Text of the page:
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Madrid is the capital of Spain as well as its largest metropolitan municipality. Boasting a population of more than 6.5 million residents, this city is home to important international businesses as well as to a host of domestic corporations. Madrid is also considered to be the cultural centre of the country and unlike some other regions such as Catalonia, the majority of culture to be witnesses here is Castellan in origin. The exact origins of the city are unknown but scholars are certain that it was founded well before the Roman times. Thanks to its presence along the Manzaneres River, the city is still an important hub for transportation. Madrid is a thriving location and thanks to such a diverse history, it is also a very popular tourist destination. Without any further delay, let's take a look at what you can expect during your visit.
One of tie misconceptions of this city is that little (if any) mediaeval architecture has survived. On the contrary, there are still some fine examples if you know where to look. Structures such as San Nicolas Church, San Pedro el Viejo Church and the Bishop's Chapel all exhibit their decidedly mediaeval roots. There are two remaining examples of renaissance architecture as well. These are the Segovia Bridge and Convent of Las Decalzas Reales. The majority of the city is dominated from buildings erected from the so-called Spanish Golden Age of architecture and many of these (such as Canalejas Square) can be visited by taking a short walk from most major hotels.
There are some truly magnificent sculptures to be found within Madrid. Fountains such as the Fountain of Neptune and the Fountain of Cybele (Sybil) are breathtaking examples of the talents associated with this city over the years. Bronze sculptures including Fuente del Angel Caido and a massive representation of Philip IV are just as impressive. Much like other Spanish cities, there is a large monumental pedestal dedicated to Christopher Columbus. This is actually one of the tallest structures within Madrid.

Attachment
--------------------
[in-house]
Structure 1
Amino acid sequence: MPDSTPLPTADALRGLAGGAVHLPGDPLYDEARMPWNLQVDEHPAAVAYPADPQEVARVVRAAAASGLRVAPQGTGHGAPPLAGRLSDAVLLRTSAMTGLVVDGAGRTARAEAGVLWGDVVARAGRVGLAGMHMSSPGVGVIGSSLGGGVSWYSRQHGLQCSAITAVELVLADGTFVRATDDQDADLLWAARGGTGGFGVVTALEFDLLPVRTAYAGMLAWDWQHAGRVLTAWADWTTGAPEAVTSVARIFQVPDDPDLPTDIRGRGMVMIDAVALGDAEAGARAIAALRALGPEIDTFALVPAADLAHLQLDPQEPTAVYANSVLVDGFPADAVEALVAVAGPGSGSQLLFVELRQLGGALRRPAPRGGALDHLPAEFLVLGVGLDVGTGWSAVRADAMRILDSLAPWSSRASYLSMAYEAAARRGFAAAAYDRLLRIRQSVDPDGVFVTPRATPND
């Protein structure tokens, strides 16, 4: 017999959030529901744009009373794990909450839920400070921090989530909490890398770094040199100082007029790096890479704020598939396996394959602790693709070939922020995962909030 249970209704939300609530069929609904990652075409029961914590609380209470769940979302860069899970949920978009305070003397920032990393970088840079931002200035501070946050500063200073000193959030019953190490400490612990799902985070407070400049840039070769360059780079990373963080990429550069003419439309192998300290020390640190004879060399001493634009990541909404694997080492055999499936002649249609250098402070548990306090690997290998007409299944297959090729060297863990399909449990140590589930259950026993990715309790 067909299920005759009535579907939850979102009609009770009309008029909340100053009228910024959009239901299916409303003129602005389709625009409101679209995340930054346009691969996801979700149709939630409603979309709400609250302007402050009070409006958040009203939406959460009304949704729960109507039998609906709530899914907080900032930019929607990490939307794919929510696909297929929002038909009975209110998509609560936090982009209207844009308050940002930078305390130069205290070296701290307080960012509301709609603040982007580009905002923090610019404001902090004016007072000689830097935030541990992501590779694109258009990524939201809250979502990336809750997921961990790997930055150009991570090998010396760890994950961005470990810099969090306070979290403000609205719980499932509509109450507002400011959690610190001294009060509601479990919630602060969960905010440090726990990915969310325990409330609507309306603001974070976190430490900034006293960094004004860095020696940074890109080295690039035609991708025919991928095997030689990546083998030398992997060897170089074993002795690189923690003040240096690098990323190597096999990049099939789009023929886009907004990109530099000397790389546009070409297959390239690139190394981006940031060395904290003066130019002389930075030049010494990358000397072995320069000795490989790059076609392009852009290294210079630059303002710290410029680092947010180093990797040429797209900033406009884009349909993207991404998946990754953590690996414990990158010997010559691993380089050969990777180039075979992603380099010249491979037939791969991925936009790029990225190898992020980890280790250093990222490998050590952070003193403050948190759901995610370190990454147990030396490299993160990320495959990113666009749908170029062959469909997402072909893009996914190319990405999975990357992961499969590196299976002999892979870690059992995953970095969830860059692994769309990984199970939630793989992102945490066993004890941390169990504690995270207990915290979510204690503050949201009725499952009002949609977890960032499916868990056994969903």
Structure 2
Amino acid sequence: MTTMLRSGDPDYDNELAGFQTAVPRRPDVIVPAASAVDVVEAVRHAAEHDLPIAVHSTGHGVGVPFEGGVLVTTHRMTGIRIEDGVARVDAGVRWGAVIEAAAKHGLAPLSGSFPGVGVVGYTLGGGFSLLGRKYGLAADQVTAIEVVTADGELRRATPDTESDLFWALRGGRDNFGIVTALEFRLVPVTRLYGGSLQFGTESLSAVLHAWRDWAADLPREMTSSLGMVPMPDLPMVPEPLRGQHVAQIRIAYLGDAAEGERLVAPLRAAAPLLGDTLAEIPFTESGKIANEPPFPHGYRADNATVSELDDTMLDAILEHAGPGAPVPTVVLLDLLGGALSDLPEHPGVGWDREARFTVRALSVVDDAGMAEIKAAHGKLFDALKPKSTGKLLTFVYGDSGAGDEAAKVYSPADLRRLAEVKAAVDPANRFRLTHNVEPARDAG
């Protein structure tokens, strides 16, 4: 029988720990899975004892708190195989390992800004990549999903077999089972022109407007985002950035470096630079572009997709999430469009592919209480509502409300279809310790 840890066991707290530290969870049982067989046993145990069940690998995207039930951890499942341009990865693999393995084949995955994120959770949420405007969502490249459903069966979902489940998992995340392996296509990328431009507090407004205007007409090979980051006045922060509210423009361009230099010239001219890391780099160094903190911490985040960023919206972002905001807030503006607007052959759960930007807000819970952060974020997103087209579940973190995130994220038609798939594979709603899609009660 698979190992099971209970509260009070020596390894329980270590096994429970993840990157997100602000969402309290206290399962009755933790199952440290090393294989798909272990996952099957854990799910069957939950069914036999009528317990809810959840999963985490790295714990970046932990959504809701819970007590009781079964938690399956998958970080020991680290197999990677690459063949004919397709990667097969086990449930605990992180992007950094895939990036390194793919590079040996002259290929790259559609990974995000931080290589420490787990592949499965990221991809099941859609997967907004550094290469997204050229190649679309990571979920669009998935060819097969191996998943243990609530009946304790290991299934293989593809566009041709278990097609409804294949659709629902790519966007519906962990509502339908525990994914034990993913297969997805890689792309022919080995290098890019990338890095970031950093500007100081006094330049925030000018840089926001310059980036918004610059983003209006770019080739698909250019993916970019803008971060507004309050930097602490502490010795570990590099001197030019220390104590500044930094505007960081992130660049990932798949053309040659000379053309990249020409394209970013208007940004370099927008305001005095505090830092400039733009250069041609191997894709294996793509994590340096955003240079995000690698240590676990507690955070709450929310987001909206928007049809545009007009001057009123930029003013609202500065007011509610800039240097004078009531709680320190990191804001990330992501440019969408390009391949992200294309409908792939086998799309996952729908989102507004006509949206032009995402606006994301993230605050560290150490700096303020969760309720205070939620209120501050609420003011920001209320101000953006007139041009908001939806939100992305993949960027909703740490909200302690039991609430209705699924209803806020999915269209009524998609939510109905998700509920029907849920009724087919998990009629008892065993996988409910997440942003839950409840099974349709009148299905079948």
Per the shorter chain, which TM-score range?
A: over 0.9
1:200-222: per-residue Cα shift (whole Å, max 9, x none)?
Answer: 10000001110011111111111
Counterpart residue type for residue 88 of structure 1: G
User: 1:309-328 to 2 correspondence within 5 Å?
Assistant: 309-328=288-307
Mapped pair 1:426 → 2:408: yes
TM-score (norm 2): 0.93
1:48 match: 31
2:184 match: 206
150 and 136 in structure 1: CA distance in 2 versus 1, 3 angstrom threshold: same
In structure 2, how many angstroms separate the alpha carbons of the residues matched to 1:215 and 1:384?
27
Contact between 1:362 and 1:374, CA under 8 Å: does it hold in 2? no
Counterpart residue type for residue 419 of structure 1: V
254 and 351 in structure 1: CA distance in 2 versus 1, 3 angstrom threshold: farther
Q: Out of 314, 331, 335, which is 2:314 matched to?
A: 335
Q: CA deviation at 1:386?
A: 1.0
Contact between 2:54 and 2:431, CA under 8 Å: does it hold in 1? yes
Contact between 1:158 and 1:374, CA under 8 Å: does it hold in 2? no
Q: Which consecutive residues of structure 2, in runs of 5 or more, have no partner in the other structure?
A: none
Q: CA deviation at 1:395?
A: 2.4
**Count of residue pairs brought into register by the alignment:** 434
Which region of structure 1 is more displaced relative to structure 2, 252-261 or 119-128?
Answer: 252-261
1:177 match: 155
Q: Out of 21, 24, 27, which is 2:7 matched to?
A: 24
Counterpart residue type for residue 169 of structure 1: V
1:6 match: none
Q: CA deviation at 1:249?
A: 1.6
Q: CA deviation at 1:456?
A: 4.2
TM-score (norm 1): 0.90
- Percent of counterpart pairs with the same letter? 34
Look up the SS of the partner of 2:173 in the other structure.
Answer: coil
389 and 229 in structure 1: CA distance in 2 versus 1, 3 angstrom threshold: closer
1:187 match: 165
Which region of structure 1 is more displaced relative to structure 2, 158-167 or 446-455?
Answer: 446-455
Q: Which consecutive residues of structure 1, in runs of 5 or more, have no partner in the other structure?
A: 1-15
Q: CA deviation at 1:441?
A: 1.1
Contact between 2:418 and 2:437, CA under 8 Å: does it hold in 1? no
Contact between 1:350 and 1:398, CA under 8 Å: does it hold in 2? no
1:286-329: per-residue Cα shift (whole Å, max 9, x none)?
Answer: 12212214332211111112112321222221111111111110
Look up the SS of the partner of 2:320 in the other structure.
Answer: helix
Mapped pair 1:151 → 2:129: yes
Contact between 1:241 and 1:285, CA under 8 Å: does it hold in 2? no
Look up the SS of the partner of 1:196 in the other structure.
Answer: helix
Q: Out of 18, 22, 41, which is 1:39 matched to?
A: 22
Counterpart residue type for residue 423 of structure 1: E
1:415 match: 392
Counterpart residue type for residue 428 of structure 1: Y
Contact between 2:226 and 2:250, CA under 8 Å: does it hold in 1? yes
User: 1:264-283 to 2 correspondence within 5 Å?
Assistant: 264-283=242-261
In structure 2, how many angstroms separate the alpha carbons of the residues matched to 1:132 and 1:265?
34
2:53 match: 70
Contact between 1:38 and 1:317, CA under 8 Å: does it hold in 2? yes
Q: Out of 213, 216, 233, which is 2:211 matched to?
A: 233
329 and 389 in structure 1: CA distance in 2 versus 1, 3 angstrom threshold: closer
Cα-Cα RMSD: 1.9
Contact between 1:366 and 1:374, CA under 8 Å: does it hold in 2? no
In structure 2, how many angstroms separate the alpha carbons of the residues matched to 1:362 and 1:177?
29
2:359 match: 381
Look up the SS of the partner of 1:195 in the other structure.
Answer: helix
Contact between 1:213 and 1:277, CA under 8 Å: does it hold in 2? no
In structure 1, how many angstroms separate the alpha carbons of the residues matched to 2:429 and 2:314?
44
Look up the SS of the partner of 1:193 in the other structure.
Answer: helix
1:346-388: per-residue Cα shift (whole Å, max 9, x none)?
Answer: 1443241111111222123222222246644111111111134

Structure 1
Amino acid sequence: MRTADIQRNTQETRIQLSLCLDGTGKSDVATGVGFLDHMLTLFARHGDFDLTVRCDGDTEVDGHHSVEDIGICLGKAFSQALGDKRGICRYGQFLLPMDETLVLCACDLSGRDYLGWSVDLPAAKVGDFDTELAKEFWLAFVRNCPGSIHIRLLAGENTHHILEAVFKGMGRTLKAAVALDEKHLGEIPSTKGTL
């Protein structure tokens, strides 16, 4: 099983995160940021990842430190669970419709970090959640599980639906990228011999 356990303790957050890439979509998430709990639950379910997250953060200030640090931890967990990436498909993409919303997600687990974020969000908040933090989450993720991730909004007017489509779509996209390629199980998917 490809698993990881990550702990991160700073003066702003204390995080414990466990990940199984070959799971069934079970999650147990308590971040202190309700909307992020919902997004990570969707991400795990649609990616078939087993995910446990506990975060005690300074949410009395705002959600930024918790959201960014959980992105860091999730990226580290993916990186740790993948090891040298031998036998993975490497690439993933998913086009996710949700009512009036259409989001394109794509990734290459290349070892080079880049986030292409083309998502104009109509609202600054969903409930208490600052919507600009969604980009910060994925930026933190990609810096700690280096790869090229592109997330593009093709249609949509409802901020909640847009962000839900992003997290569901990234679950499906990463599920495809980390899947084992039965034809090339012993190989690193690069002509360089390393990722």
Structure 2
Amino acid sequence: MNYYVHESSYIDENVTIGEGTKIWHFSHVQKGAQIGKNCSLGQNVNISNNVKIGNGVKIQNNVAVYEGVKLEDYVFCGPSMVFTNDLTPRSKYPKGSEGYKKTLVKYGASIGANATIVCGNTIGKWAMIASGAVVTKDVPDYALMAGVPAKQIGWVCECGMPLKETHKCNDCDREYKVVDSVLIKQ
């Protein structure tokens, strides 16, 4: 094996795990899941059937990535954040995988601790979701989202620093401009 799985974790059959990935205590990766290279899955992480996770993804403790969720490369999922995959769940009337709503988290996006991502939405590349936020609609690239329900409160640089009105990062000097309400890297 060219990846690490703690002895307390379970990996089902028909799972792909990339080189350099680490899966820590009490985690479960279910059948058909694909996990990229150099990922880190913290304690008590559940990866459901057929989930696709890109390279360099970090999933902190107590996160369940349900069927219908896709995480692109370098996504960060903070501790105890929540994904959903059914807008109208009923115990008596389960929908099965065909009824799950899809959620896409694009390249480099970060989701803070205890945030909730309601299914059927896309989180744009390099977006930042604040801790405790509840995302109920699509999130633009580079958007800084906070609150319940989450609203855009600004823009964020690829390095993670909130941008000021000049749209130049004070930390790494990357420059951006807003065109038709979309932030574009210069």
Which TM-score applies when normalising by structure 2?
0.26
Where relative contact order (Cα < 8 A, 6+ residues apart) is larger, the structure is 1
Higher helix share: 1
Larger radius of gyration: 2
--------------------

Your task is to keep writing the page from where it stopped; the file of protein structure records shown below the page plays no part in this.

While decidedly urban in nature, you might be surprised to learn that Madrid is thought to be the greenest European city in terms of the amount of trees per inhabitant. This is particularly beneficial if you have been looking to avoid the throngs of tourists or if you hope to beat the heat during the summer months. Buen Retiro Park (literally Good Rest Park) is the largest and it offers secluded woodlands flanked by a large natural lake. As the lake completely surrounds the park, it is much more private that you could initially imagine. Still, it is open to the public throughout the year. Other locations include:
A 4,000 square metre park found directly within Atocha train station.
The Royal Palace
The Royal Botanical Gardens of Madrid
El Pardo mountain the surrounding forests (located within the Madrid metropolitan area)
If you fancy some urban delights after a nature retreat, never miss the largest public square in the city. Known as Plaza Mayor, this square is truly immense and it is punctuated by a statue of King Philip III within its centre. Not only is this location great to snap a few pictures of the heart of the city, but there are innumerable cafes and restaurants found around its periphery. Whether you are looking for a quick plate of “tapas” before moving on or you are in the mood for a full-blown dinner, this plaza is a great place to start.
Royalty is still quite present within Madrid and the massive Royal Palace is a perfect example. You are able to obtain guided tours here to experience the 18th-century opulence associated with Spanish blue blood. Examples of art and antiques are also present for history buffs.
These are a handful of attractions and landmarks to consider during your future visit to Madrid. Please refer back to this article as a quick go-to guide before heading out; you will not be disappointed.